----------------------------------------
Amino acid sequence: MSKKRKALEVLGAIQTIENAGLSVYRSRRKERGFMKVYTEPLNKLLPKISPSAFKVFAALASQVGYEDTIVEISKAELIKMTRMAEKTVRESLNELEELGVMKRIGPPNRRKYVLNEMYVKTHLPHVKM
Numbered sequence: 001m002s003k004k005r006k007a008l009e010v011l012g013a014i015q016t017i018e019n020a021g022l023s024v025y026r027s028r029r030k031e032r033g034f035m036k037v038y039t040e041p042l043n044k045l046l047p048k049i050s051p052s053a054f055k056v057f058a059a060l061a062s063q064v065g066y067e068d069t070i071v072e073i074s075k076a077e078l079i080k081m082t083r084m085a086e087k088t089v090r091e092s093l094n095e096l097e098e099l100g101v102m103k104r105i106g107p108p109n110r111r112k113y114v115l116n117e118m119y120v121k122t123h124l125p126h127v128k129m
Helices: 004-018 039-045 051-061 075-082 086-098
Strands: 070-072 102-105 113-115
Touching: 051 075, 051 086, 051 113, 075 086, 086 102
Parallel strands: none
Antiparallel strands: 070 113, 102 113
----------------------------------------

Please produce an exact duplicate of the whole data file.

Amino acid sequence: MSKKRKALEVLGAIQTIENAGLSVYRSRRKERGFMKVYTEPLNKLLPKISPSAFKVFAALASQVGYEDTIVEISKAELIKMTRMAEKTVRESLNELEELGVMKRIGPPNRRKYVLNEMYVKTHLPHVKM
Numbered sequence: 001m002s003k004k005r006k007a008l009e010v011l012g013a014i015q016t017i018e019n020a021g022l023s024v025y026r027s028r029r030k031e032r033g034f035m036k037v038y039t040e041p042l043n044k045l046l047p048k049i050s051p052s053a054f055k056v057f058a059a060l061a062s063q064v065g066y067e068d069t070i071v072e073i074s075k076a077e078l079i080k081m082t083r084m085a086e087k088t089v090r091e092s093l094n095e096l097e098e099l100g101v102m103k104r105i106g107p108p109n110r111r112k113y114v115l116n117e118m119y120v121k122t123h124l125p126h127v128k129m
Helices: 004-018 039-045 051-061 075-082 086-098
Strands: 070-072 102-105 113-115
Touching: 051 075, 051 086, 051 113, 075 086, 086 102
Parallel strands: none
Antiparallel strands: 070 113, 102 113